A recent paper, produced by the Global Research Alliance for Sustainable Finance and Investment (a collaboration of academics at universities across the world researching sustainable finance and investment), concludes that mandating ESG disclosures has clear benefits.
The analysis was based on an international dataset of mandatory ESG disclosure regulations between 2000 and 2017 that were introduced in 25 countries; including Australia, China, and the UK.
According to the study, mandatory disclosure tends to have a bigger impact on smaller firms, as they are less likely than their larger peers to have previously voluntarily disclosed such information. The authors also found that smaller firms – as well as those with lower ESG quality – were more likely to file ESG reports after mandatory disclosure was introduced.
Conversely, larger firms – as well as those smaller companies with better ESG policies – may have already voluntarily disclosed ESG information before the introduction of rules. This was also the case for international firms. This may be because they have stronger motives to disclose on ESG to a wider audience and are more exposed to stakeholder scrutiny.
Quality of information
But, even if mandatory disclosure increases the availability of ESG reports, does it improve the information used by financial market participants to value firms?
The study suggests that mandatory ESG disclosure does have positive informational effects on market participants because it increases “the availability and quality of firm-specific non-financial information”, thereby improving the information used to forecast earnings. Also, the mandatory nature of the disclosures “could reduce ambiguity about the fundamentals of a firm”.
The authors said the accuracy of earnings per share forecasts by financial analysts improved significantly after disclosure became mandatory, and forecasts became less dispersed.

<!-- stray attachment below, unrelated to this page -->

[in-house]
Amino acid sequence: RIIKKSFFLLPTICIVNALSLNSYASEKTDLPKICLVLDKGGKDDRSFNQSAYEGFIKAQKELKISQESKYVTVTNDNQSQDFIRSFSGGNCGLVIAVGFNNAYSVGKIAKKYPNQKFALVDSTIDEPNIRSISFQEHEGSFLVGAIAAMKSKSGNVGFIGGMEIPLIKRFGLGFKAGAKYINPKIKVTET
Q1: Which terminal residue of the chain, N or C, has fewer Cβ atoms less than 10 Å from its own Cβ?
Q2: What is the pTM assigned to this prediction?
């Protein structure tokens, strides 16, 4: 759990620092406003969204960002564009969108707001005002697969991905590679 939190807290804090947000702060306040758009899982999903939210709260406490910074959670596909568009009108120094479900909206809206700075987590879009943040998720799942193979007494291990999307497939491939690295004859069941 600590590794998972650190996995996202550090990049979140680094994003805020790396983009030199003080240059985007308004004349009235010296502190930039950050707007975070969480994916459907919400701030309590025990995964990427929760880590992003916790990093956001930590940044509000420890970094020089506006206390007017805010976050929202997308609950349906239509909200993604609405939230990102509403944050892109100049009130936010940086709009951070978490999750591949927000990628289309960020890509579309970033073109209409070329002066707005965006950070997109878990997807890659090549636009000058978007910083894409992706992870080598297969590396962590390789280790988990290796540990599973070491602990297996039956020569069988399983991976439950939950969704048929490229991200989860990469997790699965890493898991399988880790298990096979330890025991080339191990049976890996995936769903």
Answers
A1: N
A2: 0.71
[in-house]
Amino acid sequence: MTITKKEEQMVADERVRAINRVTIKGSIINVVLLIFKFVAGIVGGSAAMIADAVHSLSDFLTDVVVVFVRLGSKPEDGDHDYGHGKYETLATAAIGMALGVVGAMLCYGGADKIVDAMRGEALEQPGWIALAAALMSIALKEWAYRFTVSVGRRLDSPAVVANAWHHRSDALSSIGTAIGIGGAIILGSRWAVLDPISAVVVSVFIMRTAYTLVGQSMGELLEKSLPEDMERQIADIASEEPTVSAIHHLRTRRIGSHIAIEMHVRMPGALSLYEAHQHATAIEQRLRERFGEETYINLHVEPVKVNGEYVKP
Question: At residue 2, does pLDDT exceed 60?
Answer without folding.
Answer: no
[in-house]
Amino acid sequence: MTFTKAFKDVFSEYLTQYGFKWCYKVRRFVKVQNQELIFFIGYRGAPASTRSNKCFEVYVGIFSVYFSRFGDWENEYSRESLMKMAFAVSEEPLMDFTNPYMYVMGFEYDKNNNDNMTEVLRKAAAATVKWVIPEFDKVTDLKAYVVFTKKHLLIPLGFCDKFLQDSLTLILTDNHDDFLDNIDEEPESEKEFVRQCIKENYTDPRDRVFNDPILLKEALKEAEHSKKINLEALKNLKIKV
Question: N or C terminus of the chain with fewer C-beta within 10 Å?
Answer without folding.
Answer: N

Meanwhile, negative ESG incidents, such as the 2010 spill in the Gulf of Mexico, become less likely if ESG disclosure is introduced. The researchers measured such incidents using a proxy constructed by RepRisk based on media reporting about negative ESG events.
Stock price crashes
A reduction in negative ESG events lowered the risk of stock price crashes, according to the report. Indeed, after the introduction of mandatory ESG disclosure, the likelihood of stock price crashes decreased by about 26%
The research paper said: “When accumulated bad ESG news reaches a tipping point and [is] released to the market all at once, such batch-releases can result in sharp stock price declines.”
Since mandatory disclosure regulations accelerates ESG information disclosure through ESG reports, this could help reduce crash risk.
The paper’s authors also stressed that the gap between supply of and demand for ESG information would typically be bigger for firms headquartered in common law countries, suggesting a greater need for mandatory ESG disclosure regulation in those countries.
Commenting on the paper, Alex Bernhardt, global head of sustainability research at BNP Paribas Asset Management, said: “This important research confirms that enhanced disclosure of ESG information can inform idiosyncratic or company-specific price discovery for investors”.
He added: “But it also importantly demonstrates that information access can reduce systemic risk by reducing the likelihood of market crashes. While some regulatory jurisdictions are already moving to enhance ESG disclosure requirements, hopefully this new research will help bring those on the fence onto the other side, particularly regulators with systemic risk management in their mandates.”